Psychologist, lawyer, consultant and author of Understanding Gender at Work: How to Use, Lose and Expose Blind Spots for Career Success.
A young woman recently told me she was involved in hiring interviews with a male colleague. A woman, just back from maternity leave, was the best candidate on paper. She was quiet and reserved, asked a lot of questions about the team and the organization, played down her abilities, dismissed a glowing reference as “her boss being really kind” and asked for a far lower salary than the male candidates. The male candidates, in contrast, were very confident about their skills, eager to talk about their experience, asked few questions and had higher salary requests. After the interviews were over, her male colleague remarked that the woman seemed to lack confidence and competence.
Can you see the gender blind spot? The male interviewer interpreted the woman’s behaviour as indications of a lack of confidence. His female colleague corrected that interpretation. She knew the candidate’s social habits had nothing to do with competence, confidence, ability or talent, and everything to do with social conditioning.
Gender blind spots (GBS) are beliefs, habits and stereotypes we learn in childhood about how we and others should behave based on gender, and they have a significant impact on women’s careers. They are major obstacles businesses face in increasing diversity and inclusion.
It is important for leaders to understand GBS. Here are four key things to know:
Gender rules and gender blind spots
Although girls and boys are raised side-by-side in childhood, they are raised in two separate cultures. From the playground to the classroom to the boardroom, they are socialized to communicate, interact, lead and behave based on rules that are fundamentally different.
Boys are taught to stand out; both status and achievement are given importance. In direct contrast, girls learn that fitting in is crucial – relationships being paramount. Power among girls is equal and shared, while among boys, it is hierarchical – you are above or below others.
Gender rules become unconscious in adulthood but continue to profoundly impact our habits, assumptions and beliefs about how to work, interact and get ahead. And even though innate gender differences don’t exist, most of us arrive at adulthood with stereotypes fully entrenched in our psyches.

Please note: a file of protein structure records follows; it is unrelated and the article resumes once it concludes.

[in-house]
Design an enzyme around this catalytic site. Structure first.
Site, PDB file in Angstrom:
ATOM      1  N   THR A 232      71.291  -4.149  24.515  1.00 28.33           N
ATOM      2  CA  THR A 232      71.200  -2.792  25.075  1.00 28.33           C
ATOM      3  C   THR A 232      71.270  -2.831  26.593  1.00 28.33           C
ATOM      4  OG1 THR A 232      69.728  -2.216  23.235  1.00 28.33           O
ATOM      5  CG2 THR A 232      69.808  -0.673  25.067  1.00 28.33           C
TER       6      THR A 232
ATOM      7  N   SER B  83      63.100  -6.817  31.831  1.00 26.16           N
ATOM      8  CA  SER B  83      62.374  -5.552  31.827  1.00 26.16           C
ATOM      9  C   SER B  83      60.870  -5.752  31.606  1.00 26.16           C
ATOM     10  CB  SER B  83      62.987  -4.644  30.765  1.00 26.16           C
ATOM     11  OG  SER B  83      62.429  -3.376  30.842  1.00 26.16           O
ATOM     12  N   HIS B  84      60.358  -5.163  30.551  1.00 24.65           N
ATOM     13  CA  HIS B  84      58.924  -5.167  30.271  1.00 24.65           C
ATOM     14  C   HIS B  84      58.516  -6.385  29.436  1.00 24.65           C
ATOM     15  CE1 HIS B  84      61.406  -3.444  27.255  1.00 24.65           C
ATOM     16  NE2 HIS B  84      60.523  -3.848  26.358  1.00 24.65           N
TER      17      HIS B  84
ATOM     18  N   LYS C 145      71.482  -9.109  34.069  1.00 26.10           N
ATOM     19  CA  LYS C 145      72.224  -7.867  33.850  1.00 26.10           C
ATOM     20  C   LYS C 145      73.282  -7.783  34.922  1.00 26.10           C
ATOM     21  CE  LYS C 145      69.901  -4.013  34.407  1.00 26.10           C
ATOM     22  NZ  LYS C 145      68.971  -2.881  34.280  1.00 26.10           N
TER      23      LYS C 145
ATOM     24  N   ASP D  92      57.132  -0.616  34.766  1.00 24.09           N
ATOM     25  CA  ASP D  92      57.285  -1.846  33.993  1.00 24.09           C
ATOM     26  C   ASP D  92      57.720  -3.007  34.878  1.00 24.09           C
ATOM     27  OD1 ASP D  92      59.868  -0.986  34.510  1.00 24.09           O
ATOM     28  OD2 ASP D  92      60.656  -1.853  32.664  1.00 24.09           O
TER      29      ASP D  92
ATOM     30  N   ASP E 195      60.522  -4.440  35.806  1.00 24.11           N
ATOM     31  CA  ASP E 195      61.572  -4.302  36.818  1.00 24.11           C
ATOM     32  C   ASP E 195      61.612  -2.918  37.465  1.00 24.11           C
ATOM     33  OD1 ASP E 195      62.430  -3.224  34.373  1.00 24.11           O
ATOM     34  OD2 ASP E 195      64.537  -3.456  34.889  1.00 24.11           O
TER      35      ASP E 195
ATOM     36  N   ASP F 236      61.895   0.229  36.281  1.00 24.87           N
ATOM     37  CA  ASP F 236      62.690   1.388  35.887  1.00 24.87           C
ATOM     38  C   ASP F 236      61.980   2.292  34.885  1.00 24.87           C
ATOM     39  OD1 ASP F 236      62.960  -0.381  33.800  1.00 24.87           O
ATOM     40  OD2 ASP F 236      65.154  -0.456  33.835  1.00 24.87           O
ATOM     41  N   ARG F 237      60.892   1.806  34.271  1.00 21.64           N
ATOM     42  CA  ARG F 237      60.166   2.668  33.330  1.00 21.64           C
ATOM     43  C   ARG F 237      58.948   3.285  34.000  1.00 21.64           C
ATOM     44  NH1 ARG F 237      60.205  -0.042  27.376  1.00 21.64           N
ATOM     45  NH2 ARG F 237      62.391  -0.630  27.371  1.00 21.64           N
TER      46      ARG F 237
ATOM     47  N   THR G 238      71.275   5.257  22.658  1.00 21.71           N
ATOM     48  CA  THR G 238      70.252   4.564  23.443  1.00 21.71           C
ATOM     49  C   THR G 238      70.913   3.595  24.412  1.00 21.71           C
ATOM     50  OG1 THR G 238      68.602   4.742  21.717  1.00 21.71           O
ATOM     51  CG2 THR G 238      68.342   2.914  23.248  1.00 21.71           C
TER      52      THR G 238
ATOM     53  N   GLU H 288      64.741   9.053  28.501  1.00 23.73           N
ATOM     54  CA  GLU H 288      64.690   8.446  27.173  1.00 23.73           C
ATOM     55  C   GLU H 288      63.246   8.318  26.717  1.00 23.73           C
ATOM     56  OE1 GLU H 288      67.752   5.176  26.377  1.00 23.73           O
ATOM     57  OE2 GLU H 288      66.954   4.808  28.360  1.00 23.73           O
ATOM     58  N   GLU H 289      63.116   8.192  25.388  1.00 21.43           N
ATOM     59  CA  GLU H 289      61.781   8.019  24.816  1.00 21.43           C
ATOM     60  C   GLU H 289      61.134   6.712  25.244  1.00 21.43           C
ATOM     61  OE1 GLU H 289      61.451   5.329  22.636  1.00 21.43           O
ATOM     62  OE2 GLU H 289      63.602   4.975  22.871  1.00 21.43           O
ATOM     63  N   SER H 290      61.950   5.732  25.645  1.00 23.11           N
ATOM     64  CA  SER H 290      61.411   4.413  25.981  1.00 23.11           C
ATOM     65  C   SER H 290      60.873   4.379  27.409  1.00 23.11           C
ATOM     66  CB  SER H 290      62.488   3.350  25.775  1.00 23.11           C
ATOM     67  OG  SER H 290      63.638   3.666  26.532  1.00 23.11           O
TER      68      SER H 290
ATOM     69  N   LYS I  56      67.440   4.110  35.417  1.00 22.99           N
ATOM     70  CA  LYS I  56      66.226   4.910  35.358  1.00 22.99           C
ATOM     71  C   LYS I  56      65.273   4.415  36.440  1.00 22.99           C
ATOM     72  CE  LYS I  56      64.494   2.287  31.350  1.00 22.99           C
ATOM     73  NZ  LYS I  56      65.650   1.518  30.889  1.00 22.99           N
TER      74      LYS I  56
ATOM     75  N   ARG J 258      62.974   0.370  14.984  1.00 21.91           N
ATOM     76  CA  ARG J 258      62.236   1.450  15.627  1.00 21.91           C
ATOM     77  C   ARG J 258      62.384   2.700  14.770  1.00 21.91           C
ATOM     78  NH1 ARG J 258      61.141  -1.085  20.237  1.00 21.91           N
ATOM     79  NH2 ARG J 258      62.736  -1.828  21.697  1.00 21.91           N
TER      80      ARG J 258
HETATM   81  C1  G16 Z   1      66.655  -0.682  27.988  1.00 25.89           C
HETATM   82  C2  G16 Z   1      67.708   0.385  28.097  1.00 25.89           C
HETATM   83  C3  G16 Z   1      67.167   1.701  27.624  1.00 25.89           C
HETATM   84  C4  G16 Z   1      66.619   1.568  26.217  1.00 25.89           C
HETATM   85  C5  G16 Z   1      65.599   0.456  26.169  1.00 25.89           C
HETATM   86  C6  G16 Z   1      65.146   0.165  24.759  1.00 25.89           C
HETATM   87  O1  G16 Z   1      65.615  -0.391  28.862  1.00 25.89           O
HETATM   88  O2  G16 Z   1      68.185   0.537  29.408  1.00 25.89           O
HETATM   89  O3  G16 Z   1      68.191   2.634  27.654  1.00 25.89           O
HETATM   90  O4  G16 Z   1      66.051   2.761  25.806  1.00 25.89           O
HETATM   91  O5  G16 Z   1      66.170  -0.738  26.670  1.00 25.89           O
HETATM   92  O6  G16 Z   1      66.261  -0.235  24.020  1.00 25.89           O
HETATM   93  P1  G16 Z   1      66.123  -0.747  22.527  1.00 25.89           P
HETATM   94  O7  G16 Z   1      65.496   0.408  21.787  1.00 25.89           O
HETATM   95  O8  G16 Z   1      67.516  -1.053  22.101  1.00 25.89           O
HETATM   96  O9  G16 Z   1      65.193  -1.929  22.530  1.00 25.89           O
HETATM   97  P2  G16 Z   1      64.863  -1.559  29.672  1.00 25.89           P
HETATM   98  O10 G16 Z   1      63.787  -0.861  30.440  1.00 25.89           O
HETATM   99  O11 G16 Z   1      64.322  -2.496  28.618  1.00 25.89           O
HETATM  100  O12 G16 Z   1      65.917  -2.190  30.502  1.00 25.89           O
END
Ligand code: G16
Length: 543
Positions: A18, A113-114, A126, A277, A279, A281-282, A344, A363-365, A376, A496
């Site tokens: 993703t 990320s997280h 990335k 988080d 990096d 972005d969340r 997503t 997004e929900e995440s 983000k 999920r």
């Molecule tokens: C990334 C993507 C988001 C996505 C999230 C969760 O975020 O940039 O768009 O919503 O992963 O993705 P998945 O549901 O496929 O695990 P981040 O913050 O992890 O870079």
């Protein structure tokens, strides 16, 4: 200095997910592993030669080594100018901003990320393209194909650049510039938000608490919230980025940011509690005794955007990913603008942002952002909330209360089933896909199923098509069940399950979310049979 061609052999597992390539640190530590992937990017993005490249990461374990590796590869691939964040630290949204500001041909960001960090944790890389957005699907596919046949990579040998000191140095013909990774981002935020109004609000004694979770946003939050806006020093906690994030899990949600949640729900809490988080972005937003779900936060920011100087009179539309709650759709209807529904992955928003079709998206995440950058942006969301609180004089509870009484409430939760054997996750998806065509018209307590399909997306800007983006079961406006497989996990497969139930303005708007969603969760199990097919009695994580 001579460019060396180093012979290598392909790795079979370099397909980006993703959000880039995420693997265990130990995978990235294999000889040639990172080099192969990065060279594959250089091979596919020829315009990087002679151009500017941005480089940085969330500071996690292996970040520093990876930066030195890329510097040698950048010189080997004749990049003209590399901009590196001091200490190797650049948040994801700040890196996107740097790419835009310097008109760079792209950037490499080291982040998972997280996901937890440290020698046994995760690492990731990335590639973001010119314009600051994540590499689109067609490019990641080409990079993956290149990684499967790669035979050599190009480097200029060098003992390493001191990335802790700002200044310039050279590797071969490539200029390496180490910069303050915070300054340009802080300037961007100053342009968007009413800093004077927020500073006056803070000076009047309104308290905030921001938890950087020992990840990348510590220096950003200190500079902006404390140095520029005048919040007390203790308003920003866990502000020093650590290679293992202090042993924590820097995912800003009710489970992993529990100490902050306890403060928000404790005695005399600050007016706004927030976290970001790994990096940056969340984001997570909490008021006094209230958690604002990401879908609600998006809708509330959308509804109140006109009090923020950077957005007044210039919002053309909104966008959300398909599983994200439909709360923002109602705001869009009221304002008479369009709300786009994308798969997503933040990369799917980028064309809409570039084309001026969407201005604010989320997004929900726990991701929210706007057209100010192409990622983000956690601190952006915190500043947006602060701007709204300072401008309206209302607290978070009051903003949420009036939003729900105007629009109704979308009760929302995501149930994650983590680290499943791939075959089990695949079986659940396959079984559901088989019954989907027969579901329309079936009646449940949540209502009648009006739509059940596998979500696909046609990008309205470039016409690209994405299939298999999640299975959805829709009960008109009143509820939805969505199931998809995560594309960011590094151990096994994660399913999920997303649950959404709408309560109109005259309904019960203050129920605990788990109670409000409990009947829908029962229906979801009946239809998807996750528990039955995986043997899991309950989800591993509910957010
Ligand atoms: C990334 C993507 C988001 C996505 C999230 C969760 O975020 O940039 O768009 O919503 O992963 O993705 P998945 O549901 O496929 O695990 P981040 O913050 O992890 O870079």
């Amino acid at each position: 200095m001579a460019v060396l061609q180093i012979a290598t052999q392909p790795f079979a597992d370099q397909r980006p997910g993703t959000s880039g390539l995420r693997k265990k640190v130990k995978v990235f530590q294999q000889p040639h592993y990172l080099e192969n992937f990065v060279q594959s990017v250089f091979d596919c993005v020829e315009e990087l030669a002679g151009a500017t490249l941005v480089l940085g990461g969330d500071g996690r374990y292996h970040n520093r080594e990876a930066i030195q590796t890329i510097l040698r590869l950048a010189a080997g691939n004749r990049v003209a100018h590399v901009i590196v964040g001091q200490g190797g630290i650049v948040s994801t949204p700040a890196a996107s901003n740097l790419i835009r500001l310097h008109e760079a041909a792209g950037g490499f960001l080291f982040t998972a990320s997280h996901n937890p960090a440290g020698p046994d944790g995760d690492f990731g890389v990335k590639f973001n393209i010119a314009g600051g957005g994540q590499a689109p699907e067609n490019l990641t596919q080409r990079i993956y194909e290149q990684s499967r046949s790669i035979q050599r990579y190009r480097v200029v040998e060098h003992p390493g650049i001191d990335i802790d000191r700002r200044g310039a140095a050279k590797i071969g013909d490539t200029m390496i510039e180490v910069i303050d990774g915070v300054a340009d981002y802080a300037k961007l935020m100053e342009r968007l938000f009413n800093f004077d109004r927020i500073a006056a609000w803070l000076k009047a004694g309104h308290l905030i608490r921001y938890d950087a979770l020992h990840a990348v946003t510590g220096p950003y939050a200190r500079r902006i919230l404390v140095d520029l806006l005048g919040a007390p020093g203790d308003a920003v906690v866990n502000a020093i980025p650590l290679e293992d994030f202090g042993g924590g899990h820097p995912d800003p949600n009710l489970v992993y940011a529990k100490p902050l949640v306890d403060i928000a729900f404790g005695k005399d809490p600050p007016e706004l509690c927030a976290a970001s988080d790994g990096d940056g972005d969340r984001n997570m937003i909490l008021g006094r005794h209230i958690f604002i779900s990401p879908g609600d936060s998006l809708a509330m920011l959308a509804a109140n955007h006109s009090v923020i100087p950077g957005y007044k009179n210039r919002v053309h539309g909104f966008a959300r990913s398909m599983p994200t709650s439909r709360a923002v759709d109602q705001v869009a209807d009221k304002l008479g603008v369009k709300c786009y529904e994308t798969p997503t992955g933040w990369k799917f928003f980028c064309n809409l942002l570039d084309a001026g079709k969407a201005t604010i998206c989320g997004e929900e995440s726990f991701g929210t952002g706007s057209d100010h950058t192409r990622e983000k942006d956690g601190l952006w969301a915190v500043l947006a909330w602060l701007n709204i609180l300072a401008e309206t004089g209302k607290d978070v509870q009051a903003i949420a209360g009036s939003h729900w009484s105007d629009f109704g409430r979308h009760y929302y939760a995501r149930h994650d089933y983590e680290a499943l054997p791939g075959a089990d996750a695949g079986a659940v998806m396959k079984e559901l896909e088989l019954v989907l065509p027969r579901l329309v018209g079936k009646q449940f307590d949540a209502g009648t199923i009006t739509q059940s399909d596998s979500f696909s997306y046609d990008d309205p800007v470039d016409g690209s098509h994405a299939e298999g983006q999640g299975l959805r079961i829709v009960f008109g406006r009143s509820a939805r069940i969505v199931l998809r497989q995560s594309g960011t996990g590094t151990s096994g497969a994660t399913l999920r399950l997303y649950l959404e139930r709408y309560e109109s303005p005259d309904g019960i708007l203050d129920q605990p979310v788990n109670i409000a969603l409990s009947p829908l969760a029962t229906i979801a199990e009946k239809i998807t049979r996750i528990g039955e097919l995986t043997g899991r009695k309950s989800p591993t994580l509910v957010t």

Making your value visible
Since most leaders today are men and the history of paid work has been predominately male, what boys are taught becomes the operating code at work. This means that most women, who have long played by feminine rules, are at a significant disadvantage.
Executives and managers are recognizing this disadvantage by championing and mentoring women. More and more women tell me that they are being advised on how to make their value visible, how to get noticed within an organization and how to become influential. These women learn that doing excellent work alone in your office day-after-day is not enough; you have to tell people about it.
Some men are even pointing out who in the organization these women need to talk to or what committees to get on.
Closing the wage gap
Women, who are better than men at negotiating for others, do not do well when negotiating for themselves. They tend to have lower expectations and will take what is given. I have heard numerous stories about women who are the best candidates for a role but ask for far less than the male candidates.
Not asking for or negotiating a higher salary is a GBS. Women don’t ask for two reasons: fear of the relationship and reputation costs of doing so, and a lack of knowledge about how and when to negotiate. This GBS can have a significant effect on a woman’s career advancement and may result in her missing out on up to $1.5-million in retirement savings.
Savvy leaders can counter this GBS by pushing for equal pay for equal work and providing transparency around salaries and bonuses. If that is not possible, leaders can make it clear to women that negotiating a salary offer is acceptable.
Identifying female leaders
Stereotypical leadership is still defined by traditionally masculine traits. This GBS hinders women from attaining leadership positions and makes it harder for them to be perceived as effective leaders. If they adopt a traditionally masculine style of leadership, they risk being judged as aggressive or domineering, not to mention unlikeable. If they adhere to a more traditionally feminine approach, they are seen as more likeable but are judged as not tough enough, too accommodating and not competent.
Research on leadership finds no significant differences in how men and women lead, and there is no one-size-fits-all solution, as the correct approach depends on the given situation. Ironically, the most effective leadership styles are those associated with feminine approaches.
Leaders can deal with gender blind spots in a number of ways: by using a variety of leadership styles to help disrupt the stereotype of masculine leadership, hunting for female leaders who may have been overlooked due to ingrained biases, setting clear numerical goals for the number of female leaders in an organization, and championing and supporting female leaders.
In order to see the hidden obstacles to gender balance, both male and female leaders need to be aware of their own GBS, others’ GBS and those of the organization they lead. Until that happens, progress toward gender balance will continue to stall.
This is one in a series of articles being published in the week of International Women’s Day.